At 12 years old María Elena Moyano was one of these original settlers of Villa El Salvador, and among its many Afro-Peruvian residents. As a teenager, she tutored community members in reading and writing. She grew to be one of Villa El Salvador’s strongest voices and advocates, helping to found and lead important fundamental efforts such as its Vaso de Leche (Glass of Milk) program, overseeing the daily delivery of milk to each of the community’s children and elders, soup kitchens, mothers’ clubs, and early education programs. By the age of 24, she was president of FEPOMUVES (Popular Federation for the Women of Villa El Salvador), and eventually became the municipality’s deputy mayor.
María Elena was a mother of two, and also became known as “La Madre Coraje”—the courageous mother of Villa El Salvador. And she was unafraid to speak out against the rampant violence of Sendero Luminoso (Shining Path), Perú’s Maoist terrorist organization, founded in 1970 by white philosophy professor Abimael Guzmán. Sendero Luminoso believed revolution was attainable only through bloodshed and war, and between their attacks on villages and cities, and the military’s counterinsurgency tactics, Perú's Truth and Reconciliation Commission estimates more than 69,000 of people were killed and/or disappeared between 1980 and 2000. María Elena Moyano was also committed to revolution, but the kind achieved through the accumulation of small, daily actions—such as the radical act of nourishing one’s community. In her own words:
“… the revolution opens up to life, to individual and collective dignity; it is a new ethic. The revolution is not death, or imposition, or submission, nor fanaticism. The revolution is new life, convincing people to struggle for a fair, decent society, side by side with the organizations created for our people, respecting its interior democracy and grafting new buds of power for the new Peru. I shall continue to stand alongside my people, women, youngsters and children; I shall continue to struggle for peace in the name of social justice.”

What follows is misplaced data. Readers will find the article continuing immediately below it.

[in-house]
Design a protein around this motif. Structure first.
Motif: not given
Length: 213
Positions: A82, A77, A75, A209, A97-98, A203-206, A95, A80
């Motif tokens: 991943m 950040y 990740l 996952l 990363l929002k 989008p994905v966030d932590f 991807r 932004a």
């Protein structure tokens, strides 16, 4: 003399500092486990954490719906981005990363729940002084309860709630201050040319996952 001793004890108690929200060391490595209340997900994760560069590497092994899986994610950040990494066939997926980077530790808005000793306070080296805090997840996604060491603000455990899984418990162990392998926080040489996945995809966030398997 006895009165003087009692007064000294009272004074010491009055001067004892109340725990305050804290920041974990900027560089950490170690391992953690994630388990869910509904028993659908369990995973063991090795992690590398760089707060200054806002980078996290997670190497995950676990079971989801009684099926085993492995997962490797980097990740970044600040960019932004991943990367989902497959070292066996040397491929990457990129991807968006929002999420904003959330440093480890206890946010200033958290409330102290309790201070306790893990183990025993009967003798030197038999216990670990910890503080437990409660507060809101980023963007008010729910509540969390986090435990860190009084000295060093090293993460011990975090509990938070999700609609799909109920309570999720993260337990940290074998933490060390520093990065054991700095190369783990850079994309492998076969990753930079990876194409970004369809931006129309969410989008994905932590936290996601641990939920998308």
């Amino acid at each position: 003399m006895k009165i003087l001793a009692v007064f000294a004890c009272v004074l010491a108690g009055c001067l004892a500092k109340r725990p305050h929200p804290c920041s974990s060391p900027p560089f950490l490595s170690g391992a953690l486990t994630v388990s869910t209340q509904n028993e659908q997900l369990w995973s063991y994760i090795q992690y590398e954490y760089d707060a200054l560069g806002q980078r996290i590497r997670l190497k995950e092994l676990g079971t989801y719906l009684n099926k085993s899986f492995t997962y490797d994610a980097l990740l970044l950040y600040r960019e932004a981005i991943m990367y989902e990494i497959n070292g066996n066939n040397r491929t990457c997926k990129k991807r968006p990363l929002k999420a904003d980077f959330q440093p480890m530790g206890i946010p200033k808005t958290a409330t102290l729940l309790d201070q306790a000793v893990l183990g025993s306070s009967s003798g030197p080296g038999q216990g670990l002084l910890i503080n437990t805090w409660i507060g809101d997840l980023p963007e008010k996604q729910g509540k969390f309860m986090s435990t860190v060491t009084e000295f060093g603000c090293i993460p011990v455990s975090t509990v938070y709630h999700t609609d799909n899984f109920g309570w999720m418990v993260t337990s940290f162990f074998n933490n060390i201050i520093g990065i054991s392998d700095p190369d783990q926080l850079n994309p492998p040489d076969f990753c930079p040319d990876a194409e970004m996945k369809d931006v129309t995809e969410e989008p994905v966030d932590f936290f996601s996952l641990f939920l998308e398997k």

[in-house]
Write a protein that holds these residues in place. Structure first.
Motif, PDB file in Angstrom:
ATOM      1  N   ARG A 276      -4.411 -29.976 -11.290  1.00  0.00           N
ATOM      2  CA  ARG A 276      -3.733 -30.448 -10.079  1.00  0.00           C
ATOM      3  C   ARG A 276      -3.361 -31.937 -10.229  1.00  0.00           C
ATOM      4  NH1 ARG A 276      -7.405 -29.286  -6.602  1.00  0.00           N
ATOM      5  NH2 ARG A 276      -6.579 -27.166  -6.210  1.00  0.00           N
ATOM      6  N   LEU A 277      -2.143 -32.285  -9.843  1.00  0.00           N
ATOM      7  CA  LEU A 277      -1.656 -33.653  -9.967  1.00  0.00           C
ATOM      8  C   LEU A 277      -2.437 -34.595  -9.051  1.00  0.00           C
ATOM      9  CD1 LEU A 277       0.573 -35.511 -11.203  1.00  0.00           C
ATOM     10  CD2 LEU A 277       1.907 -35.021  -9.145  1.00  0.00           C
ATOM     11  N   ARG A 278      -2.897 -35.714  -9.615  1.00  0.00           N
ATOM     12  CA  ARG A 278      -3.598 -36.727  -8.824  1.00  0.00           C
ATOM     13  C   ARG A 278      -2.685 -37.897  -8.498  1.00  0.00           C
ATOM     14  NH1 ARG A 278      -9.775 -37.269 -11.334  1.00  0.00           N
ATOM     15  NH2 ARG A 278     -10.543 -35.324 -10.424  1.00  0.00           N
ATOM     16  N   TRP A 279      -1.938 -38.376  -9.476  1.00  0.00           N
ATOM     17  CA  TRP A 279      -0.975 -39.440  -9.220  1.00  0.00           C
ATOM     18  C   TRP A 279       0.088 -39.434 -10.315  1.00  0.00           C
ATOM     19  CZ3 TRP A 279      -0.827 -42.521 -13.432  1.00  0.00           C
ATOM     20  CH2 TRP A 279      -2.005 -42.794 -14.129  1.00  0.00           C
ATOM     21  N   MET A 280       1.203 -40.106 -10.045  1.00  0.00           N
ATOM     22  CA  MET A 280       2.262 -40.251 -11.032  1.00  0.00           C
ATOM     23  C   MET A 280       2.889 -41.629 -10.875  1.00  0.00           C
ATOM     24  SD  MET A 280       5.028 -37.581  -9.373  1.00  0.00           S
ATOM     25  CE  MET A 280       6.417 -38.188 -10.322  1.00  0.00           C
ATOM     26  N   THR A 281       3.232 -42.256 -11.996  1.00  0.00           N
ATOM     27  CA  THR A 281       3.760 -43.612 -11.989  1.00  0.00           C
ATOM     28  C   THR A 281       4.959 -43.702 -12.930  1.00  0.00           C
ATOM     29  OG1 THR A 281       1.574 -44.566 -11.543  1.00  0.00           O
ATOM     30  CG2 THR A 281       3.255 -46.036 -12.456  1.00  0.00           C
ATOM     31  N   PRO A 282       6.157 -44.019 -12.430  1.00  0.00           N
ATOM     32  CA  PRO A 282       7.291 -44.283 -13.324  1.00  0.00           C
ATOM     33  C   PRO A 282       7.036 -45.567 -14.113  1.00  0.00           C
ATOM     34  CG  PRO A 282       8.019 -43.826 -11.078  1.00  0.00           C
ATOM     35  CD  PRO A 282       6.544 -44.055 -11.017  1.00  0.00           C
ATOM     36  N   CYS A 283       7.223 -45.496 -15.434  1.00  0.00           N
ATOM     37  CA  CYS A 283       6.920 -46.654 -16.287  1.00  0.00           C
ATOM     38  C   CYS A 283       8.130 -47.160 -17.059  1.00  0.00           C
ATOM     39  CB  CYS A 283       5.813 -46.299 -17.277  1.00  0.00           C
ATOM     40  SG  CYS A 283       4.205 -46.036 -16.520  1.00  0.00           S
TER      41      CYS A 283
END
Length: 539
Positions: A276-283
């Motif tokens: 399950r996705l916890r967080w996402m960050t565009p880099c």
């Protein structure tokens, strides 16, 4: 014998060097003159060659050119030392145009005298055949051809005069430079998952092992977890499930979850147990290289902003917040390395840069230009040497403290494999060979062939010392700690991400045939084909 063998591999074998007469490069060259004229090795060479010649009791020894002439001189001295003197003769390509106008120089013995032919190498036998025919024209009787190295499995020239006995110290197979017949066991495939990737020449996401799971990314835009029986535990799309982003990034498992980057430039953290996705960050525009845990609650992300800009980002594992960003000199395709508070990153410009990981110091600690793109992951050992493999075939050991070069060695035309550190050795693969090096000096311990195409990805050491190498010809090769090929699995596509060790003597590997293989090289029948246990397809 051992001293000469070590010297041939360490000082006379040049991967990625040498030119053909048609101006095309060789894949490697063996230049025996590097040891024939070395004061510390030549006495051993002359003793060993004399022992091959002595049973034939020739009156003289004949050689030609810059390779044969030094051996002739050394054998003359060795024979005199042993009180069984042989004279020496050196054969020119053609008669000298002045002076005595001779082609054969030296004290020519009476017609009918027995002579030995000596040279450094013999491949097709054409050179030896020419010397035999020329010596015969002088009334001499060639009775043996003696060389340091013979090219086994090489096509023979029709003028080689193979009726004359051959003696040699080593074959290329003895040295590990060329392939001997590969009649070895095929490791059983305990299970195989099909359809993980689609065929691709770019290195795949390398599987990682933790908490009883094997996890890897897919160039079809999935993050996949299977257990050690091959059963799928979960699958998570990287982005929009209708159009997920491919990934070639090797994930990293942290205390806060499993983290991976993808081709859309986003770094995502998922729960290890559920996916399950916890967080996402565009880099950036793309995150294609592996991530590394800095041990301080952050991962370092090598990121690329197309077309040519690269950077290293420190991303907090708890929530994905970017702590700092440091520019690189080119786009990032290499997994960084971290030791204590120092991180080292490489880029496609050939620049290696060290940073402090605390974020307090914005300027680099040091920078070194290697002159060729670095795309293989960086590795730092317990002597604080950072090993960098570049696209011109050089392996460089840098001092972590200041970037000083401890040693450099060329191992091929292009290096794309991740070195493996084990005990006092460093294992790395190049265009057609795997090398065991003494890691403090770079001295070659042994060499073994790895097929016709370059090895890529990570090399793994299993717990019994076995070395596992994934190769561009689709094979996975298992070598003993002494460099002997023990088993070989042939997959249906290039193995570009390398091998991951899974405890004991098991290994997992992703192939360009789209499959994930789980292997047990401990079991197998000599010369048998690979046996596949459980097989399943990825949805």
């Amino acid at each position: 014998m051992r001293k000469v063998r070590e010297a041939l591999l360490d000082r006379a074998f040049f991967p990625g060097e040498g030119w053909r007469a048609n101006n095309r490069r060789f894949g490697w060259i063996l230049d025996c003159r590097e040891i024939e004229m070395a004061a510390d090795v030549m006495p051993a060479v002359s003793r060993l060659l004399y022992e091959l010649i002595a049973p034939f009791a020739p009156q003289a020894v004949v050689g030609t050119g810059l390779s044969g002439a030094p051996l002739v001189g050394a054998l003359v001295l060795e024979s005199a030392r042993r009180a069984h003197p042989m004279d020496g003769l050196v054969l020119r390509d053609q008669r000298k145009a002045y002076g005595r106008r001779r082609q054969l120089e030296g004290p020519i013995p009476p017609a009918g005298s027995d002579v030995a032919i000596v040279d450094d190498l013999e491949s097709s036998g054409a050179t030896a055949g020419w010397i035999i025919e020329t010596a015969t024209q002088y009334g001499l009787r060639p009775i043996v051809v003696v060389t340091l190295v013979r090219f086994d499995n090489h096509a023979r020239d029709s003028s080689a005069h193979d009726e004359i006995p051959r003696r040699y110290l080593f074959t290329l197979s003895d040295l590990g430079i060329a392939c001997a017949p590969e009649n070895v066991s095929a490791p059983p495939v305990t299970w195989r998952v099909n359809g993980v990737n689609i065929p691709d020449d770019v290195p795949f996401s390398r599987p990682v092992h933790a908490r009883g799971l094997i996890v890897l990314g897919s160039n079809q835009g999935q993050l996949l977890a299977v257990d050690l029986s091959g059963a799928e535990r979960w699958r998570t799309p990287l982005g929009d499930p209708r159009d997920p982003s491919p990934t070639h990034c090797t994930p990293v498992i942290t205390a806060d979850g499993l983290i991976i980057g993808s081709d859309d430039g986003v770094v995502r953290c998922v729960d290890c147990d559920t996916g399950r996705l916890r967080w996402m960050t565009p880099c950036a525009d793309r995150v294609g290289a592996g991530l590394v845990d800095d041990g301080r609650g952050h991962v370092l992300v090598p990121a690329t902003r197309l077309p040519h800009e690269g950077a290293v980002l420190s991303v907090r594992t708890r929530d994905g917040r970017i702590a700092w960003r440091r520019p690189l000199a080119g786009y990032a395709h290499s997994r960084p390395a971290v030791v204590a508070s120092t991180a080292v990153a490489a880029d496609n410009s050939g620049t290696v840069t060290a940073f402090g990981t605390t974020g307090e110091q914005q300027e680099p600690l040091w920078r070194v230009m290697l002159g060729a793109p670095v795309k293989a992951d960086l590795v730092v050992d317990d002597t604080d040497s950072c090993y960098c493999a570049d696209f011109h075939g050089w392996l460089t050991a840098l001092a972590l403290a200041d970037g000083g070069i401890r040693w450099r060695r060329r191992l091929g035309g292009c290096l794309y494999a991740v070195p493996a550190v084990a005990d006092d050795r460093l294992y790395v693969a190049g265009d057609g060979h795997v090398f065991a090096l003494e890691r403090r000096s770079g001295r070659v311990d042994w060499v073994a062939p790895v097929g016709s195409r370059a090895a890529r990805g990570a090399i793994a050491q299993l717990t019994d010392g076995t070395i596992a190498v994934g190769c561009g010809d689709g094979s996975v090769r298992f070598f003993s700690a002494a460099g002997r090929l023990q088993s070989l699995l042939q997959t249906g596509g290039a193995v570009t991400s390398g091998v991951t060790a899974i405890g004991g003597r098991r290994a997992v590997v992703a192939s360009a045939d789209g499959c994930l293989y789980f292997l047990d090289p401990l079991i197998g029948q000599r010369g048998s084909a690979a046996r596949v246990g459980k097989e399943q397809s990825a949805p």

An estimated 300,000 people walked the streets for her funeral. Each year on February 15, the anniversary of her death, Villa El Salvador honors and remembers their Madre Coraje.
Once the structures were in place, young people from the community planted radishes, lettuce, and cilantro. Its name is el Huerto de la Ternura—Garden of Tenderness—a symbol of INFANT’s efforts to collaborate with youth to build cultures of non-violence.
In her short life, María Elena Moyano knew that the ability for a community to nourish itself is fundamental to its autonomy. In these days of massive, global mobilizations against state violence, police impunity, systemic racism, torture reports, and thousands of other abuses of power, small hands planting small seeds is still a revolutionary action.
 Starn, Orin, Carlos Iván Degregori, and Robin Kirk, eds. "Villa El Salvador". In The Peru reader: history, culture, politics, 2nd edition (pp. 287-92). Duke University Press, 2005.
 Starn, Orin, Carlos Iván Degregori, and Robin Kirk, eds. "Manchay Tiempo". In The Peru reader: history, culture, politics, 2nd edition (pp. 353-4). Duke University Press, 2005.
 "MARIA ELENA MOYANO: A 'pasionaria' in the fight against poverty" (http://www.gariwo.net/pagina.php?id=7635)